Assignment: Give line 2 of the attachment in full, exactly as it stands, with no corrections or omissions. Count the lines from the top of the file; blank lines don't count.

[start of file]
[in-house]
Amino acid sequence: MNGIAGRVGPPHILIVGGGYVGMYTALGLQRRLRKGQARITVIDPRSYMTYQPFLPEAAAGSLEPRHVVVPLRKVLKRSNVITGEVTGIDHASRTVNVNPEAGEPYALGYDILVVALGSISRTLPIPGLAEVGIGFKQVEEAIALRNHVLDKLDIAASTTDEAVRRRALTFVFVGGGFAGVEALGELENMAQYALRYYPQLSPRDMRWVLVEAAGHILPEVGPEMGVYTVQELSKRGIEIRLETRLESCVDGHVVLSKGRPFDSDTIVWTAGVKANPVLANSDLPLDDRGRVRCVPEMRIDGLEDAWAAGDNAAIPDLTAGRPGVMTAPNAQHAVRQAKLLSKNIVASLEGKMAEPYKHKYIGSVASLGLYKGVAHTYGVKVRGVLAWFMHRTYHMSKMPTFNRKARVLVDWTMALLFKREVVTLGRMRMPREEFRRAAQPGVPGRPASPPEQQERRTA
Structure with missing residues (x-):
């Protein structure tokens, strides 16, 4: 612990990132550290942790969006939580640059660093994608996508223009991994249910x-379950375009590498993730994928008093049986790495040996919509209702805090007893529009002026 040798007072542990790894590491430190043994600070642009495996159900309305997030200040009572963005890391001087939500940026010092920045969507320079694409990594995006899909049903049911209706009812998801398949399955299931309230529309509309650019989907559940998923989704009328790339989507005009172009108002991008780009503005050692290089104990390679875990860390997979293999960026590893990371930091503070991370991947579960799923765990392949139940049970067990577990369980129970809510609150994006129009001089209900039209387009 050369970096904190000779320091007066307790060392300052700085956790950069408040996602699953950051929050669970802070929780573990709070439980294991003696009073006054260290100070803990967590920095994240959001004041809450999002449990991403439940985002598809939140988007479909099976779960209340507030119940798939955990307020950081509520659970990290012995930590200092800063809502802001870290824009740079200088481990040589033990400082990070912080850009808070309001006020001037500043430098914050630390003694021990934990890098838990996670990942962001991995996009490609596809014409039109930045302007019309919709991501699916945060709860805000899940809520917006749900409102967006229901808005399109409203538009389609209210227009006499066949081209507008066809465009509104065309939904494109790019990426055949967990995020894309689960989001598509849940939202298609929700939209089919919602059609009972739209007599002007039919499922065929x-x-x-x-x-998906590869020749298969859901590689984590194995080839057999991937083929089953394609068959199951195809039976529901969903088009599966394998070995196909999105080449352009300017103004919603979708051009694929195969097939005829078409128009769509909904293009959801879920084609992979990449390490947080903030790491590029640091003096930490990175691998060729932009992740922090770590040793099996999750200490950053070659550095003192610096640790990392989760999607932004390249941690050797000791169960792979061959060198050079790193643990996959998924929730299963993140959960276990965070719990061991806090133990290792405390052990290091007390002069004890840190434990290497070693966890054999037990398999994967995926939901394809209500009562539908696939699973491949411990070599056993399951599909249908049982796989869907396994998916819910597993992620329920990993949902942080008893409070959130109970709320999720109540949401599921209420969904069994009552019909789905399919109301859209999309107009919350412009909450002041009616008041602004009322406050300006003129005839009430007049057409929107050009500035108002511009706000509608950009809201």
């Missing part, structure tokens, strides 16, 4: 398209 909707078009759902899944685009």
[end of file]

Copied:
Amino acid sequence: MNGIAGRVGPPHILIVGGGYVGMYTALGLQRRLRKGQARITVIDPRSYMTYQPFLPEAAAGSLEPRHVVVPLRKVLKRSNVITGEVTGIDHASRTVNVNPEAGEPYALGYDILVVALGSISRTLPIPGLAEVGIGFKQVEEAIALRNHVLDKLDIAASTTDEAVRRRALTFVFVGGGFAGVEALGELENMAQYALRYYPQLSPRDMRWVLVEAAGHILPEVGPEMGVYTVQELSKRGIEIRLETRLESCVDGHVVLSKGRPFDSDTIVWTAGVKANPVLANSDLPLDDRGRVRCVPEMRIDGLEDAWAAGDNAAIPDLTAGRPGVMTAPNAQHAVRQAKLLSKNIVASLEGKMAEPYKHKYIGSVASLGLYKGVAHTYGVKVRGVLAWFMHRTYHMSKMPTFNRKARVLVDWTMALLFKREVVTLGRMRMPREEFRRAAQPGVPGRPASPPEQQERRTA